Flipped classrooms allow students more time with teachers
Graham Johnson and Paul Janke take a radically different approach to teaching than the established norm.
The two Okanagan Mission Secondary School senior math teachers have implemented a “flipped classroom” system of learning.
Flipped learning is where a lesson is recorded, put online and students watch the lesson at home and then discuss it in class the following day. The two University of British Columbia alumni are the first in the Canadian public school system to try such an approach to teaching.
“The kids go home and watch it as homework,” says Janke. “They get the teaching part at home, and when they come to class it allows them more time to work on it with other students or a teacher.”
Johnson says the concept affords much greater flexibility for the students and teachers.
“We can meet with every one of our learners,” says Johnson, adding the online lessons are around 15 minutes long, which studies have shown to be the optimum time for a teen to focus on a subject.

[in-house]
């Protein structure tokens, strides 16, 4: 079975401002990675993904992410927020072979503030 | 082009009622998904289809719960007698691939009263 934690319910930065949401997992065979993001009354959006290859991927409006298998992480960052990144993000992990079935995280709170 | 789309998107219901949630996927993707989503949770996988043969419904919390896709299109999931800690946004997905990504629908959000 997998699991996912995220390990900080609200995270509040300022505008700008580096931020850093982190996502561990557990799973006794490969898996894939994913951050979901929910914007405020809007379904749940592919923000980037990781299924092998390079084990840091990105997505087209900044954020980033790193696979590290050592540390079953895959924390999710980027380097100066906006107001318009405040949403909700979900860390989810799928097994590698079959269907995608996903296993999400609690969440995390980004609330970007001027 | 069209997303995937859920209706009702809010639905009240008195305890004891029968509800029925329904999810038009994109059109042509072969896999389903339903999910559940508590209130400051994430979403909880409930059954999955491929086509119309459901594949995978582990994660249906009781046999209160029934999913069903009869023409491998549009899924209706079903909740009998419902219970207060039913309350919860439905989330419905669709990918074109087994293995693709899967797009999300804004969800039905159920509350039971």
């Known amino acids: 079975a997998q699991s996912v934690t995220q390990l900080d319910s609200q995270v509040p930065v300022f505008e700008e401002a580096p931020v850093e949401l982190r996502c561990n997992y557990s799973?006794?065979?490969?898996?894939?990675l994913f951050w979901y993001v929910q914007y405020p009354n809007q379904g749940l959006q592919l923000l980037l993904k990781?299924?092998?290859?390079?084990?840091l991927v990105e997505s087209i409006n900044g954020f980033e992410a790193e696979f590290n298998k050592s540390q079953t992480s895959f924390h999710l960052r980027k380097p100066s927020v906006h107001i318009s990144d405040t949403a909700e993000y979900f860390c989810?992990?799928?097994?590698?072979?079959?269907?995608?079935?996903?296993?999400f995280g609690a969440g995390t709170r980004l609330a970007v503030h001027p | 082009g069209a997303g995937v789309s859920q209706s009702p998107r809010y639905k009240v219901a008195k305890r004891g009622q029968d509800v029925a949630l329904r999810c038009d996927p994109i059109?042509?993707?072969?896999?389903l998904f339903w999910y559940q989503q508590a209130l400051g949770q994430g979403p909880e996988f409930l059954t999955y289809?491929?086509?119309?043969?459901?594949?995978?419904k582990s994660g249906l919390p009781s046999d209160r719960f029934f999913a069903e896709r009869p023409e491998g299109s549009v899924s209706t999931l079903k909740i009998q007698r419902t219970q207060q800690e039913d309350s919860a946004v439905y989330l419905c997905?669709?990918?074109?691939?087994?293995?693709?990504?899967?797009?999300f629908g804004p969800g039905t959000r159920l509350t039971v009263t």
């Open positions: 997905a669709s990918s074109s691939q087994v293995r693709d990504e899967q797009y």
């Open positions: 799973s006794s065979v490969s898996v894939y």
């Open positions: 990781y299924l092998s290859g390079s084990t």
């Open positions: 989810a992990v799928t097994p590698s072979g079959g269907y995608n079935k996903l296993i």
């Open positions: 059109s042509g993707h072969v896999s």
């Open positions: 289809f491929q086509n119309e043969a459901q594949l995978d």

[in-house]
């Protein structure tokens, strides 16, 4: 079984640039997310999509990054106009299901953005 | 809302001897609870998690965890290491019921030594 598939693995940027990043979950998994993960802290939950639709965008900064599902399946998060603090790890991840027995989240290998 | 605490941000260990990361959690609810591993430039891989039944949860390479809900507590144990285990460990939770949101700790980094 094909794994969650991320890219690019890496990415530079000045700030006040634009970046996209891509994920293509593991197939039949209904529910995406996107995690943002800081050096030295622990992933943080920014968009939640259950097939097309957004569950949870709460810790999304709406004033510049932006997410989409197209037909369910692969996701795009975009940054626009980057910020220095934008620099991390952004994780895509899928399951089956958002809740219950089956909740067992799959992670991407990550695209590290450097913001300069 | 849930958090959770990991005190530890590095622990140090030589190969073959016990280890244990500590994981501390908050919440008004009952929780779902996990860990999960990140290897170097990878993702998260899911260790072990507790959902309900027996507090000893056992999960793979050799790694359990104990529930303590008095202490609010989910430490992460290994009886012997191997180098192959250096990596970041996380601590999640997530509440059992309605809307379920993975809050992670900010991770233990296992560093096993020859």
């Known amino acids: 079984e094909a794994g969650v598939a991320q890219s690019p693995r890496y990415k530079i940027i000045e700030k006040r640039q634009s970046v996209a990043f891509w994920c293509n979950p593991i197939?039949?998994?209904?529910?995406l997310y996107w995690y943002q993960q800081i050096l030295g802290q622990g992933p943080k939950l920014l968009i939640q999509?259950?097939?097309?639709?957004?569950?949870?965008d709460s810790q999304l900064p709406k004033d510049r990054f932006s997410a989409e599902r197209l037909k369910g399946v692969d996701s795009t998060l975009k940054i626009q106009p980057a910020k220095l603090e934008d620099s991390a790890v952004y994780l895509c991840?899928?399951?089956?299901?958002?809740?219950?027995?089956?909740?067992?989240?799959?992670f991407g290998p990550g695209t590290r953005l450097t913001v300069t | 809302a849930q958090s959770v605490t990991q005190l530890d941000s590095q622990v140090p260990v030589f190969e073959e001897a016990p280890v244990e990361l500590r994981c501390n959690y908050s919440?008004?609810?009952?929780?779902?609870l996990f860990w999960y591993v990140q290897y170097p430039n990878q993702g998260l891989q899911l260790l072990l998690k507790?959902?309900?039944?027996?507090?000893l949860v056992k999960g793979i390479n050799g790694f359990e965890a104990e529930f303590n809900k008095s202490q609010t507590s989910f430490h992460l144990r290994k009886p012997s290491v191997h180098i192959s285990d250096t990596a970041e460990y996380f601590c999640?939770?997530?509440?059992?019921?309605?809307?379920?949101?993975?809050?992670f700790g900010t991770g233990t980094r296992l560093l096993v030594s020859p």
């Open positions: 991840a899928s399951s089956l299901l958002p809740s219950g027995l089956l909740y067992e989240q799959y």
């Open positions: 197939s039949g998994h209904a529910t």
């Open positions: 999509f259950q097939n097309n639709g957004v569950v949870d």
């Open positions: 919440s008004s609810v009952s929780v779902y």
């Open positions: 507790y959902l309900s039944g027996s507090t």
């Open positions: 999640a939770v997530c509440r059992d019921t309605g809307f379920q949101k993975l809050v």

“It gives us the flexibility to better meet their needs. It allows the teacher to talk to each individual kid.”
Although met with some trepidation when implemented, the flipped classroom idea quickly caught on and students, parents, the school district and other teachers now embrace the concept.
Having the lesson online also allows students who may be struggling to rewind sections they don’t fully understand, while high-achievers can work at a faster pace. The students can then bring up any difficult areas with their teachers one-on-one in the classroom.
Janke and Johnson are currently in the Master of Education program at the Okanagan campus and their supervisor, Robert Campbell, supports the flipped class concept.
“It’s a really effective way to use the students’ time,” says Campbell, who is an associate professor with the Faculty of Education. “If you are going to give them homework, this is the way to do it.”
One question being asked is whether the flipped concept could work on courses other than math. Campbell believes it can.
“I suspect it will work very well in many other areas,” says Campbell, adding with the growing importance of electronic learning and information gathering, the education system is “on the threshold of some big changes.”
Graham and Janke are planning to host a conference on flipped classes next June in Kelowna.
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